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NEW JERSEY: Charter schools association files ethics complaint against Rutgers professor, SOSNJ founder

Contending that a Rutgers professor and public schools advocate has used her position, title and state university resources to wage a personally driven campaign against them, a group representing the state’s charter schools has filed an ethics complaint against the Save Our Schools NJ co-founder.

The complaint, filed with New Jersey State Ethics Commission, charges Julia Sass Rubin violated the State’s Conflict of Interest Law and Uniform Ethics Code, as well as the University’s Code and Policies for faculty employees.

“We cannot sit back and allow our accomplishments, our achievements, to be questioned in the way that they have been questioned by Dr. Sass Rubin,” said Michael Turner, spokesperson for the New Jersey Charter Schools Association.

Rubin, an associate professor at the Edward J. Bloustein School of Planning and Public Policy, said the complaint appears to be an effort to silence her ability to write about education policy and to speak and advocate on behalf of public school students.

“That is a violation of my academic freedom and of my rights as a citizen,” Rubin said.

Rubin co-authored a report in October showing that charter schools in New Jersey educate significantly smaller percentages of poor students, special education students and students from non-English speaking families than the public school districts in which they are located.

The report was co-authored by Rutgers graduate student Mark Weber, who blogs as “Jersey Jazzman,” and funded in part by a grant from an emeritus professor’s foundation. Neither Rubin nor Weber, who has expressed his own concerns about charter schools, identified themselves beyond their affiliation with Rutgers, the complaint contends.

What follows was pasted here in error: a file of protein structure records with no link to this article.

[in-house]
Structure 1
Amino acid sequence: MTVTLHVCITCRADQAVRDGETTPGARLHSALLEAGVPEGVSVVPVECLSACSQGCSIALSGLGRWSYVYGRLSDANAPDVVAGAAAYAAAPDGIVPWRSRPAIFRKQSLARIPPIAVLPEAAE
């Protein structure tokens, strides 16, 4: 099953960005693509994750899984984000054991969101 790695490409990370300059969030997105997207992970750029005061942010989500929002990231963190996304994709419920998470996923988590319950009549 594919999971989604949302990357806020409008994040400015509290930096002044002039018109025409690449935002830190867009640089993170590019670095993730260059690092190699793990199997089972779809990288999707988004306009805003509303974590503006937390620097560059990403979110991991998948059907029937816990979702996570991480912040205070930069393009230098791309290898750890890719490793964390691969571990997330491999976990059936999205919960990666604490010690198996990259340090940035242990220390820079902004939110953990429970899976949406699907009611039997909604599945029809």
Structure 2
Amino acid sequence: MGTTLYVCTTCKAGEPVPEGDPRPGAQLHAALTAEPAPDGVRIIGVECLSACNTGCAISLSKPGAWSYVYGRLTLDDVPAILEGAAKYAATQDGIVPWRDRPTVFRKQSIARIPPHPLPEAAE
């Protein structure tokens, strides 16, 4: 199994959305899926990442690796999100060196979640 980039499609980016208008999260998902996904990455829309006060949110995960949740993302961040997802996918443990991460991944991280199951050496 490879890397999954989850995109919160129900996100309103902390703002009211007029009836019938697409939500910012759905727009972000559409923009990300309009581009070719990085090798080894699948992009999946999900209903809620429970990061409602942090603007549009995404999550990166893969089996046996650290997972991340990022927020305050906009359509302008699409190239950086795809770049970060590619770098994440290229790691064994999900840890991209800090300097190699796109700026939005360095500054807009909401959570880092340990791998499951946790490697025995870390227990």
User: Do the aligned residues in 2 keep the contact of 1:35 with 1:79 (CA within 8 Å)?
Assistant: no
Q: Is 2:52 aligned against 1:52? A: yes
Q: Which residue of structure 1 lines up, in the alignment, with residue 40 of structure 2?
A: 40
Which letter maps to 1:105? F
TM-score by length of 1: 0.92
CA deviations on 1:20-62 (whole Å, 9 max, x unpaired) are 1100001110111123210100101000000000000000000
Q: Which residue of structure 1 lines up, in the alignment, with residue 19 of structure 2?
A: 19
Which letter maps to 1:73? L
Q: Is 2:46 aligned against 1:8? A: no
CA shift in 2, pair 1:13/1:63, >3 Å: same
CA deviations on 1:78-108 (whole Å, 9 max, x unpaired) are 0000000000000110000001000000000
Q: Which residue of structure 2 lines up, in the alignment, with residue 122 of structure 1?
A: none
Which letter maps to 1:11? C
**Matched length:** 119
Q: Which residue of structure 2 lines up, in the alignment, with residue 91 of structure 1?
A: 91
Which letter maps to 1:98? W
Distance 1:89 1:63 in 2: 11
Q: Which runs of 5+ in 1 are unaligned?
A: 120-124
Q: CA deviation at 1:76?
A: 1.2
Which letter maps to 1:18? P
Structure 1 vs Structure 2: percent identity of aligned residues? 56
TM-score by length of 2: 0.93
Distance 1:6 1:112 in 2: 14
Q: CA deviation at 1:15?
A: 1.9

Rubin has also supported the concept of requiring voter approval before charters could open in a town.

The complaint, filed Monday lists a series of occasions in which Rubin either testified before the state Board of Education, wrote editorials or publicly expressed her opinions using her title as an associate professor at Rutgers University. In some cases, she was also acting as a volunteer for Save our Schools NJ, which advocates against charter schools, the complaint says.

The NJCSA said it previously attempted to engage Rubin on the merits of her arguments, but said it chose to file the ethics complaint after her recent report on the demographics of charter schools. Rubin has said she will release two more reports on charter schools.

“The NJCSA has filed this complaint today to ensure appropriate corrective action is taken before Dr. Sass Rubin releases her personal views as Rutgers research and creates further embarrassment for Rutgers University,” the association said in a statement.

Rutgers does not comment on personnel matters, spokesperson EJ Miranda said.

The complaint suggests Rubin be directed to refrain from using her Rutgers title in any activity on behalf of or coordinated in any way with Save Our Schools New Jersey. Alternatively, she could be directed to withdraw from her involvement in outside organizations, the complaint suggests.

“Every activity of mine that the association included in their complaint falls under what is not a lobbying communication,” Rubin said.

Rubin was criticized by charter school supporters after her report in October. The NJCSA said it lacked perspective about whether school districts’ student enrollment reflects the demographics of the community.

It also challenged the reasoning of the report, saying it amounted to “debating whether charter school children are ‘really, really poor and disadvantaged’ or just poor and disadvantaged.’”

Rubin has since said the same discussion about demographics should be had about magnet schools. She responded to critics of her October report with an editorial saying personal attacks were counter productive.

“Shooting the messenger is certainly not a new tactic,” she wrote. “But it does not move us any closer to finding solutions to the problem of charter vs. district segregation.”

Source: NewJersey.com by Adam Clark

View more articles on New Jersey charter schools

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This entry was posted on January 12, 2015 by in Charter Schools, New Jersey, States.

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